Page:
Thank you for writing. You are not being overly dramatic. You are anxious and hurt. You are even more anxious and hurt because you are anxious and hurt, which only increases the anxiety.
My guess is that you were able to stop self harm, but you didn’t get to the root of what was causing it. It may be that your insistence on perfectionism helped you feel more in control but, as you are finding, being perfect isn’t a long-term solution. As we get older, it becomes more and more difficult to keep it up — just because there are more responsibilities and more decisions to be made. You haven’t developed other skills for dealing with stressful situations.
I can’t make a diagnosis on the basis of a letter, but what you are reporting is consistent with a diagnosis of a panic disorder.
A panic attack is a reaction to intense fear from no apparent cause. The body responds as it would for any fear: Fight, flight, or freeze. Often there are physical symptoms that can feel like a heart attack. People who have experienced a panic attack often say that it can get so bad, they are sure they are dying. The fear of having another one makes them vulnerable to having more. Over time, That fear can cause a person to start limiting their life to situations where they feel they will have less stress and more control. Ironically, their attempts to stay safe can result in social anxiety and a very isolated and limited life.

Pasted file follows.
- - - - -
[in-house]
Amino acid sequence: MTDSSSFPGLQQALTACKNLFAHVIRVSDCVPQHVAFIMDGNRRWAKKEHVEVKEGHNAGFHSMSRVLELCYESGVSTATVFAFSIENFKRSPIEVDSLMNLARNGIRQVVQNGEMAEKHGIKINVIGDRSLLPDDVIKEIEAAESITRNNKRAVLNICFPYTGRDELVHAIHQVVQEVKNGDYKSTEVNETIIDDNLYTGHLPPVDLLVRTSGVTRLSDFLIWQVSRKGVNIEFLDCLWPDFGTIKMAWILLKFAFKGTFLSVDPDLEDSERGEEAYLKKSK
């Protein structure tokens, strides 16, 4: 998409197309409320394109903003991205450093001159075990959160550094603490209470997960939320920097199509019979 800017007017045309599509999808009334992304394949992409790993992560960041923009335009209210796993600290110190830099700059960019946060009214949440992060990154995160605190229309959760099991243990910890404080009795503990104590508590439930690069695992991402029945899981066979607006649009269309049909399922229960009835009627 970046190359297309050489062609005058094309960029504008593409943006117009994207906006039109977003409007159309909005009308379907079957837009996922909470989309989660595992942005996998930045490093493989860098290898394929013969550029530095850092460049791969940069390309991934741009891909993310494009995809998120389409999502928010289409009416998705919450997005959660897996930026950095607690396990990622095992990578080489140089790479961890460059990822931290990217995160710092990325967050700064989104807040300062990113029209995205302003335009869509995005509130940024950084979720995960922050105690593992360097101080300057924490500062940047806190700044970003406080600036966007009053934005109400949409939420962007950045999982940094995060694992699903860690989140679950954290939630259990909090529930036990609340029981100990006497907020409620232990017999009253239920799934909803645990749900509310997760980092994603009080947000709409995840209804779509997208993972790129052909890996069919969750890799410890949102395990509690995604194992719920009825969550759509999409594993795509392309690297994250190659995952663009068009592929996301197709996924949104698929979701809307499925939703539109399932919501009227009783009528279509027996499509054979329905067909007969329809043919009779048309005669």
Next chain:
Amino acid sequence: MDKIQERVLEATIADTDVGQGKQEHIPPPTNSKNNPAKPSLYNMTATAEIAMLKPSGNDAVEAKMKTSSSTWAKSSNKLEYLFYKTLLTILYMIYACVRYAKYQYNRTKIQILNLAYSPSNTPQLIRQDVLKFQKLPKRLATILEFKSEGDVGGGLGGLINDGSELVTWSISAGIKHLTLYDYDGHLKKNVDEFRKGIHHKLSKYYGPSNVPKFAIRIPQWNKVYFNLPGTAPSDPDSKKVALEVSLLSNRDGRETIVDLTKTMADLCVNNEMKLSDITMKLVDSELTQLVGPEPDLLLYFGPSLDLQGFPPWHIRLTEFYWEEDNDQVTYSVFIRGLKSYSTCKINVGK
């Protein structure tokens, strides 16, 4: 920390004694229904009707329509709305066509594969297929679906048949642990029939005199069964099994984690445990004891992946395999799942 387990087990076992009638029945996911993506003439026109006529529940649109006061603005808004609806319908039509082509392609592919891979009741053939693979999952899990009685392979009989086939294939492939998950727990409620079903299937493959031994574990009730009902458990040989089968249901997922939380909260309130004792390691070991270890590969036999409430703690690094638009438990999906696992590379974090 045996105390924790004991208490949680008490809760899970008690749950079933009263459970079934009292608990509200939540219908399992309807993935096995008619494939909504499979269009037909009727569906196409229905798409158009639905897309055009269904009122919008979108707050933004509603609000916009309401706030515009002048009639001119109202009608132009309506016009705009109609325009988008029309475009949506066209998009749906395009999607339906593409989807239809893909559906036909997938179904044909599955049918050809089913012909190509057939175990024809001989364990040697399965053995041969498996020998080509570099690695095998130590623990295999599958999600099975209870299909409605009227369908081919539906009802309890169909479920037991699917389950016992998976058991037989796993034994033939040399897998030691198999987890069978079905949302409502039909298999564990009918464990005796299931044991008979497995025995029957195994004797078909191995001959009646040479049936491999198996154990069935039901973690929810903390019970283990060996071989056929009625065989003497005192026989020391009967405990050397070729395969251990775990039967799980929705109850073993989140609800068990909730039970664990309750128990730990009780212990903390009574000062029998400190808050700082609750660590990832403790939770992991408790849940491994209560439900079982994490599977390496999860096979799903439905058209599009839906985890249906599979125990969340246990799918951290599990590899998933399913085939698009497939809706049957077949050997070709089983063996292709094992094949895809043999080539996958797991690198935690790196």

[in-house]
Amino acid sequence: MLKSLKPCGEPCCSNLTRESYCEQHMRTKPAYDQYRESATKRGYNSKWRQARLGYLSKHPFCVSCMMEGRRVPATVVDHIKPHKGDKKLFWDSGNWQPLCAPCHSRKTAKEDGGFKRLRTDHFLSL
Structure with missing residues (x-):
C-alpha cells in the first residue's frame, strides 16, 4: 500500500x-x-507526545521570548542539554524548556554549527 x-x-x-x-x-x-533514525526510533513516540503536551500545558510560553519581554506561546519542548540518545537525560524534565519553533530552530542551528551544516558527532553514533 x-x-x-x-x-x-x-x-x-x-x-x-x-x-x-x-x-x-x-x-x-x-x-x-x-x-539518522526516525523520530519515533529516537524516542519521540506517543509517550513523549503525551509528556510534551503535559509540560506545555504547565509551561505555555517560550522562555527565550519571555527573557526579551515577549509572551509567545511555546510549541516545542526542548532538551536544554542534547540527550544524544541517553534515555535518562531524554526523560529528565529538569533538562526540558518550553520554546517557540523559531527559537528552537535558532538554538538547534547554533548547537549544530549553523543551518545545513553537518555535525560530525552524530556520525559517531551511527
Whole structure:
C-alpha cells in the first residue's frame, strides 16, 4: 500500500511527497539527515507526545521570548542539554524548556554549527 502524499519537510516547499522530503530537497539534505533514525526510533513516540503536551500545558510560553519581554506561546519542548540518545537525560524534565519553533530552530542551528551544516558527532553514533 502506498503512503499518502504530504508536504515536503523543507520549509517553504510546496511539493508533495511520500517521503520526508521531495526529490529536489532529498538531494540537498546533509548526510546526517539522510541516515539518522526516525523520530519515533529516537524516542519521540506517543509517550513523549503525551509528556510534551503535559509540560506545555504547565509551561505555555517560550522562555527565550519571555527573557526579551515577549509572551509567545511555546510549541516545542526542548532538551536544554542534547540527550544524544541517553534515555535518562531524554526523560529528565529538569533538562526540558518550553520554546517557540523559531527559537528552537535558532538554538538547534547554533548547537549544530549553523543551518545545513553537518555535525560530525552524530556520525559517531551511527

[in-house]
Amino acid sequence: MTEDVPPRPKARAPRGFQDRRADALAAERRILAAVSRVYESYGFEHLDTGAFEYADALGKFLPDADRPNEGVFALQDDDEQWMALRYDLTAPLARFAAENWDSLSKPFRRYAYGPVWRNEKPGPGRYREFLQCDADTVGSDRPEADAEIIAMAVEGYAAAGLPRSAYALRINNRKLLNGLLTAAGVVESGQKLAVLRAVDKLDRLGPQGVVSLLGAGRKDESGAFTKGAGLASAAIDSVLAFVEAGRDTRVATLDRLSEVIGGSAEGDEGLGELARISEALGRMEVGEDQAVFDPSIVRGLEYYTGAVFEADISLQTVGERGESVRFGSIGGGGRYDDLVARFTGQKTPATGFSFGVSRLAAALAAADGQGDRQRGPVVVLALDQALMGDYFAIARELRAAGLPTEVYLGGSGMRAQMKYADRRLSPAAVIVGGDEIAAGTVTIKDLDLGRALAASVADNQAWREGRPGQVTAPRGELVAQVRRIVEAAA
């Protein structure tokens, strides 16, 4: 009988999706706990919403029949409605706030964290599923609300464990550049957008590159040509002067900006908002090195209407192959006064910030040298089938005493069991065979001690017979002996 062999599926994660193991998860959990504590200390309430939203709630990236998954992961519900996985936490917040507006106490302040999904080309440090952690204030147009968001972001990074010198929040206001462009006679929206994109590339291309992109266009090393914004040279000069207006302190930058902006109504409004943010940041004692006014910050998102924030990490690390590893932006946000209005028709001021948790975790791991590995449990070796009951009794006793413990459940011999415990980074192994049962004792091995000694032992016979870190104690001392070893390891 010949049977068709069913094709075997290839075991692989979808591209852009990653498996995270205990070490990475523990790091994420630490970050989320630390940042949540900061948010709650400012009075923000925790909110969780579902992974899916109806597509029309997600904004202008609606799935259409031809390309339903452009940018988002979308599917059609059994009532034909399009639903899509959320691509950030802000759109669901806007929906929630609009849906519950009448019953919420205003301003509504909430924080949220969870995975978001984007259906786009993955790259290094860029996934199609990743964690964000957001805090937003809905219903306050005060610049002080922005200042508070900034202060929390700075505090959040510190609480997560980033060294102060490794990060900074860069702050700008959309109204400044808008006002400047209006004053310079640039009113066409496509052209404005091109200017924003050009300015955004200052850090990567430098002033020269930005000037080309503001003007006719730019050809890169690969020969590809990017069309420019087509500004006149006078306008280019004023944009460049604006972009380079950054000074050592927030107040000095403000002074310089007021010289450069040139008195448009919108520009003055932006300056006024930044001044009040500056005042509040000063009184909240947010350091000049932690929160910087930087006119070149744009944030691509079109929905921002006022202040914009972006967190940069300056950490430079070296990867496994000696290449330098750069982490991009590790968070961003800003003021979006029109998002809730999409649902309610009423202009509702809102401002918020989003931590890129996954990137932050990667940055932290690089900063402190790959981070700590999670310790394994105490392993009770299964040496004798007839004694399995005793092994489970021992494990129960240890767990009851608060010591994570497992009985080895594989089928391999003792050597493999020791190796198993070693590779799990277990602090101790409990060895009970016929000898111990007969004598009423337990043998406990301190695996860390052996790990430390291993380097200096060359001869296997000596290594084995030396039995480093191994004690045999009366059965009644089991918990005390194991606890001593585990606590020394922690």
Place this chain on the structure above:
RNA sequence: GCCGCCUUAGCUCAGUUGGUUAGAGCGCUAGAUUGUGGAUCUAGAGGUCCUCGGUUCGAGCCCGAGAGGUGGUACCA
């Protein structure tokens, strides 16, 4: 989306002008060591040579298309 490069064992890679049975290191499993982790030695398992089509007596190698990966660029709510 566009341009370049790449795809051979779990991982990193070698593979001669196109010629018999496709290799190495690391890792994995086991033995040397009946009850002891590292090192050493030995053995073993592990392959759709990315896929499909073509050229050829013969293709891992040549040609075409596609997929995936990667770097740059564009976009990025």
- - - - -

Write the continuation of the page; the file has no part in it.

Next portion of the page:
Some people only have one or two panic attacks in a lifetime. Panic attacks becomes a panic disorder when they keep happening and the person continues to be afraid they’ll have another one. Symptoms include what you describe, chest pain, as well as dizziness, nausea, sweating, heart palpitations, and shaking,
The solution is to deal with the root cause — whatever is causing the anxiety — and to learn new skills for managing it. Sometimes medication is prescribed initially but it is psychotherapy that will give you long-term relief.
Cognitive Behavior Therapy (CBT) has been found to be very effective in treating anxiety. Look for a therapist who has training and experience treating panic disorder using CBT.
While you look for a therapist, you can help yourself by working your way through a workbook on managing anxiety disorders. There are several excellent workbooks available from booksellers. I also regularly recommend that my clients read “Feeling Good: The New Mood Therapy” by David Burns.
Please don’t write off your concerns. They are valid. You deserve to live a life free of such disabling symptoms.
I wish you well.